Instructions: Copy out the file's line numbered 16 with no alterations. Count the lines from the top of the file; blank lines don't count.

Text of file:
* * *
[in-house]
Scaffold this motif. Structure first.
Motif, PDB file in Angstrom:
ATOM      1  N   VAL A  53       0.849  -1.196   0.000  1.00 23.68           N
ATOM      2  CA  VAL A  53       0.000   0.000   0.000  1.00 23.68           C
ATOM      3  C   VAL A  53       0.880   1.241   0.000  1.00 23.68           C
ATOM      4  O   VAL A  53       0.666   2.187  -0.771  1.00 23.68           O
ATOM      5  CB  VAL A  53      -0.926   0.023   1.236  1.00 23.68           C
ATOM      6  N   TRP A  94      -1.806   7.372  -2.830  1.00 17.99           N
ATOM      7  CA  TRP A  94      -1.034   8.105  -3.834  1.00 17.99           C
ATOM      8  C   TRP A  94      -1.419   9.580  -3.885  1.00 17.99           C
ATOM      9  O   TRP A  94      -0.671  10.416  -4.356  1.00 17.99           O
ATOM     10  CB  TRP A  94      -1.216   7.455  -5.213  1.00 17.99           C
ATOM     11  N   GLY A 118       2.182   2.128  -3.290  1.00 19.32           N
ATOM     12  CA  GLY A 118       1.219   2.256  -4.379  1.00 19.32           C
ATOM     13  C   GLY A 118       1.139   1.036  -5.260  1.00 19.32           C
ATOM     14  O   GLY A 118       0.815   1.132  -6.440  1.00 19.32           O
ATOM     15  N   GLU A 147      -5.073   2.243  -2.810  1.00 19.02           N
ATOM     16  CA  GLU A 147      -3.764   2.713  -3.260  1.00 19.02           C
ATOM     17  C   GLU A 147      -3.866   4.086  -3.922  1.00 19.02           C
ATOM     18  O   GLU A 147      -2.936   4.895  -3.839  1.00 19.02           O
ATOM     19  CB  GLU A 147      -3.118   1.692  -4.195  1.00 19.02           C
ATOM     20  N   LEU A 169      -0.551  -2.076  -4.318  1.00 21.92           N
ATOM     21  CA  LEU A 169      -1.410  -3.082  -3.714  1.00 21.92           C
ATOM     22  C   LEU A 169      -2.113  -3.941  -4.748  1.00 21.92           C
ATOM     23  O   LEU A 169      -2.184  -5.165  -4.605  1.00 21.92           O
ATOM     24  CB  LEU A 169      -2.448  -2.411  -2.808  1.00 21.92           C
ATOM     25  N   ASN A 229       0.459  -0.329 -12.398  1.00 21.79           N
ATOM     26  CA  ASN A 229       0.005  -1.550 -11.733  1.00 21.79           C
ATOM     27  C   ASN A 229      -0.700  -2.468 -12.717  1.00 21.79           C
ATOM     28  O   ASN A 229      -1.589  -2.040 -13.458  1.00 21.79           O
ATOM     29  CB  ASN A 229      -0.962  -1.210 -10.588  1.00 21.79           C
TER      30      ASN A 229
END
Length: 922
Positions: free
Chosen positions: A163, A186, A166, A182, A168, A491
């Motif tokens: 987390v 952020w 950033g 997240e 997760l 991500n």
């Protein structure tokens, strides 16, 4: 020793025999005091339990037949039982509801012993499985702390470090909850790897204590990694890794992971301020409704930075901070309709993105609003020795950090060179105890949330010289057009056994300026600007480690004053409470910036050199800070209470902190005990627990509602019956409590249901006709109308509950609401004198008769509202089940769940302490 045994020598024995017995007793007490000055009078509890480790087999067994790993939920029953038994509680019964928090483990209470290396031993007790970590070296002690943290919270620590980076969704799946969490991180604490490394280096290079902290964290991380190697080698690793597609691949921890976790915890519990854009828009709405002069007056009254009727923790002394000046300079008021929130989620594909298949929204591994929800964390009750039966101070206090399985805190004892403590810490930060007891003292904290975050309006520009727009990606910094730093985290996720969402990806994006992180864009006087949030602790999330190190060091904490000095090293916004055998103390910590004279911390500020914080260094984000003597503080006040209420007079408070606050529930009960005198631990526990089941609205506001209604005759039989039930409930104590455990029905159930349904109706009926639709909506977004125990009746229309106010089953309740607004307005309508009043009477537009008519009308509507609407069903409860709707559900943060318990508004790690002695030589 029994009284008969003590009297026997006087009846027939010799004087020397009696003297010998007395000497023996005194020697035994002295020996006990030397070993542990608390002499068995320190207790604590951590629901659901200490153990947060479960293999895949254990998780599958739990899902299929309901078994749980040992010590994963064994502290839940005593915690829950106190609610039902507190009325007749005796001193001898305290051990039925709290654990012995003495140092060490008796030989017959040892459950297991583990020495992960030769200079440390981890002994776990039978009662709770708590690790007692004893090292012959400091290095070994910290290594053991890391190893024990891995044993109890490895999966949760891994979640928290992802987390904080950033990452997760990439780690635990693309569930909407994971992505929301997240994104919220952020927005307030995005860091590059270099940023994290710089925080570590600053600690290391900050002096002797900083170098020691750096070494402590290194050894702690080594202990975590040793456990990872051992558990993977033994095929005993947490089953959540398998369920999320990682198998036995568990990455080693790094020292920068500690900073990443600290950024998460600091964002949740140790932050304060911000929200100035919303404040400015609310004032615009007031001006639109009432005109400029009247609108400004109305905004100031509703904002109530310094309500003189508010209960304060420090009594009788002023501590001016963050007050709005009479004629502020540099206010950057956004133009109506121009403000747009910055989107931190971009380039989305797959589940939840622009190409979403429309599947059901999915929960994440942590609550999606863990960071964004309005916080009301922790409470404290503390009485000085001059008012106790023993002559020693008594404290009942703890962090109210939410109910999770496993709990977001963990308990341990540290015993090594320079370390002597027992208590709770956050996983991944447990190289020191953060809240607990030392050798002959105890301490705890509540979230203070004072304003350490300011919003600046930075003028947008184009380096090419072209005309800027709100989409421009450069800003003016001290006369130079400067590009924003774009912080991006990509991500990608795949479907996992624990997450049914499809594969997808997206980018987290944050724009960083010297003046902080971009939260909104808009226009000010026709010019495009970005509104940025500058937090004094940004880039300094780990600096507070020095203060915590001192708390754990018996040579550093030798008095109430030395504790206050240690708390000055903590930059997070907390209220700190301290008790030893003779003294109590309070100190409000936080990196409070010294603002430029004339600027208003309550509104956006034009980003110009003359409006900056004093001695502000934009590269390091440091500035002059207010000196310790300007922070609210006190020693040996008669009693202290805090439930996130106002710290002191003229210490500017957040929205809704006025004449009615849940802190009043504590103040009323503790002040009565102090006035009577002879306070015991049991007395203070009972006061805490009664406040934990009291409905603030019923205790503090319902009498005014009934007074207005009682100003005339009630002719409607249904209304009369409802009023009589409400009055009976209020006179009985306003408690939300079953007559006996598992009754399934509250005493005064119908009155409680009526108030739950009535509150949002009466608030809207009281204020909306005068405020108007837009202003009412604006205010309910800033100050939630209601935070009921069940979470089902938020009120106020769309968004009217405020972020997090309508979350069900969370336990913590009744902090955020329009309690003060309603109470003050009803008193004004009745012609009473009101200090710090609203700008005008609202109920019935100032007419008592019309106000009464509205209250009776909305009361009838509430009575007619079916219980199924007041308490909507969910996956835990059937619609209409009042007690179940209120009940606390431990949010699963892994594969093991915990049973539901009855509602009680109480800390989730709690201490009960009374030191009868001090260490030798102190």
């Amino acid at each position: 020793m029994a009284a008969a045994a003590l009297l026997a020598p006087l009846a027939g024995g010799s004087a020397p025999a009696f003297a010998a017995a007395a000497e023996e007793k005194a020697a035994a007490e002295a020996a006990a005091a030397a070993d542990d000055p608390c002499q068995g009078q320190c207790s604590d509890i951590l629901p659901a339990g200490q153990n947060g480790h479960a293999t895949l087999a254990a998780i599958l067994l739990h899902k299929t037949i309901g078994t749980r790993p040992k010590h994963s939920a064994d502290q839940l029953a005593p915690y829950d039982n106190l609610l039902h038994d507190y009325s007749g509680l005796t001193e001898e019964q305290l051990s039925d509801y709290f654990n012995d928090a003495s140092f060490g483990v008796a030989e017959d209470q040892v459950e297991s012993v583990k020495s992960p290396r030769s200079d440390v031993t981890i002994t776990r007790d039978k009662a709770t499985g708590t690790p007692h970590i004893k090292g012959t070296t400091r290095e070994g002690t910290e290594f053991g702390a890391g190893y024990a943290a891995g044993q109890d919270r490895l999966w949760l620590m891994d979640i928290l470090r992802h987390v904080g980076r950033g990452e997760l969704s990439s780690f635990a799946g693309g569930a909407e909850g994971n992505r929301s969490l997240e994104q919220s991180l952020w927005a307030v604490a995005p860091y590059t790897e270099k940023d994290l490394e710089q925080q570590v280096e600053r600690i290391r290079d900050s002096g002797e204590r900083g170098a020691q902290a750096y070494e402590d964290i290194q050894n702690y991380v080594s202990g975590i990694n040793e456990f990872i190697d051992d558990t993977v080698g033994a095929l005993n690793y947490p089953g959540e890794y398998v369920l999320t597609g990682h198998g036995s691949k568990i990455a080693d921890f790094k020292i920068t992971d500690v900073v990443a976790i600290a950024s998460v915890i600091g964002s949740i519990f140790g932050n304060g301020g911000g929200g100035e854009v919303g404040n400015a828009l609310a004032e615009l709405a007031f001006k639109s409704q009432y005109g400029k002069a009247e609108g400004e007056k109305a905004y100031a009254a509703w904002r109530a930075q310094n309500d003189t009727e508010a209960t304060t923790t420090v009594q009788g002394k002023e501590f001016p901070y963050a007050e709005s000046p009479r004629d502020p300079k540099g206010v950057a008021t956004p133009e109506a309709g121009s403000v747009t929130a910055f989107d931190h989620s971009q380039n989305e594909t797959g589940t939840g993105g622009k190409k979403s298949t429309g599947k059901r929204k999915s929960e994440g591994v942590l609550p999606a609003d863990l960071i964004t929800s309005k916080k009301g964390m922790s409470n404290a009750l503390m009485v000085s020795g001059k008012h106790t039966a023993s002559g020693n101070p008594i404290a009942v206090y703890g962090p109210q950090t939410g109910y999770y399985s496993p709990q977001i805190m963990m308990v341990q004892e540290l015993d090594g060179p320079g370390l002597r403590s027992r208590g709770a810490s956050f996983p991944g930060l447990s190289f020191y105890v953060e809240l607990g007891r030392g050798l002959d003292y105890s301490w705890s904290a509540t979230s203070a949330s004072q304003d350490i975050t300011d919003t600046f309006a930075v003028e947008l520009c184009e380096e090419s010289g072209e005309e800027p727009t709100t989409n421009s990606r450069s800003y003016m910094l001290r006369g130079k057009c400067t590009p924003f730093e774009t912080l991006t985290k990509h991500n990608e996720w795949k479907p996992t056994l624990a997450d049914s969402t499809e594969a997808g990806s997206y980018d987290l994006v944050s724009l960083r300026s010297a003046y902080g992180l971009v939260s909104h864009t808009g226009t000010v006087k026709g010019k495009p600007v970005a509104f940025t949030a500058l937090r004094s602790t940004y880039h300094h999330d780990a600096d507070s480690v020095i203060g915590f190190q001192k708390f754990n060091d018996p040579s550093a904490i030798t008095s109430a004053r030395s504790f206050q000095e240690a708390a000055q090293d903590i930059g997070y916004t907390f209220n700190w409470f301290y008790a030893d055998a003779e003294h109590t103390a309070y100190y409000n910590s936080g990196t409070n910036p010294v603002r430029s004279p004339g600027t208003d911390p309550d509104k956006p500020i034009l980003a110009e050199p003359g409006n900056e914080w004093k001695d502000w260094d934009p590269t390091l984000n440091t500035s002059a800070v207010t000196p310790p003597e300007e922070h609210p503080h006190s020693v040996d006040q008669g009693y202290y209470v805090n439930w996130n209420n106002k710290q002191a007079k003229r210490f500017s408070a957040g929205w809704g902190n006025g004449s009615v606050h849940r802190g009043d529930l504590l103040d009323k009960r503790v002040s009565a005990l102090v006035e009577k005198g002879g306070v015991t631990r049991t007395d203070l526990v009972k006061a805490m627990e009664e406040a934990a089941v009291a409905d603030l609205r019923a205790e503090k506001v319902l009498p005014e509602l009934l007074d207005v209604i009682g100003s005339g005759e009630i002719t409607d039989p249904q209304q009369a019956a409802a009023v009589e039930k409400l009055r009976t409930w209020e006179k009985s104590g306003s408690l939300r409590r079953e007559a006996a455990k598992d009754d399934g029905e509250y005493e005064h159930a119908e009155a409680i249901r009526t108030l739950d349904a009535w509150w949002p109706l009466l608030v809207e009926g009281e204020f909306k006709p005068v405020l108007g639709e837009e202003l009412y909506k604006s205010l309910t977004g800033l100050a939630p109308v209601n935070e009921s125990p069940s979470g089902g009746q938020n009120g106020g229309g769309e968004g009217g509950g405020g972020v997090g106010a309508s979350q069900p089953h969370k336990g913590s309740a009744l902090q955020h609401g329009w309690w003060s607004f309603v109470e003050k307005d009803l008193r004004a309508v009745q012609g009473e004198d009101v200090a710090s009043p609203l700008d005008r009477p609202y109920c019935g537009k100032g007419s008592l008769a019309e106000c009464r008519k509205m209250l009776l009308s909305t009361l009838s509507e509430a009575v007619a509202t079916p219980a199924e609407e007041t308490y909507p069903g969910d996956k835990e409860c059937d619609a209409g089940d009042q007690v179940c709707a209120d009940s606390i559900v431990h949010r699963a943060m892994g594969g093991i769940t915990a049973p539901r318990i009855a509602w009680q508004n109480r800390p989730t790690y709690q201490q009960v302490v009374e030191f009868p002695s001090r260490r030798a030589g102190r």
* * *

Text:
ATOM     13  C   GLY A 118       1.139   1.036  -5.260  1.00 19.32           C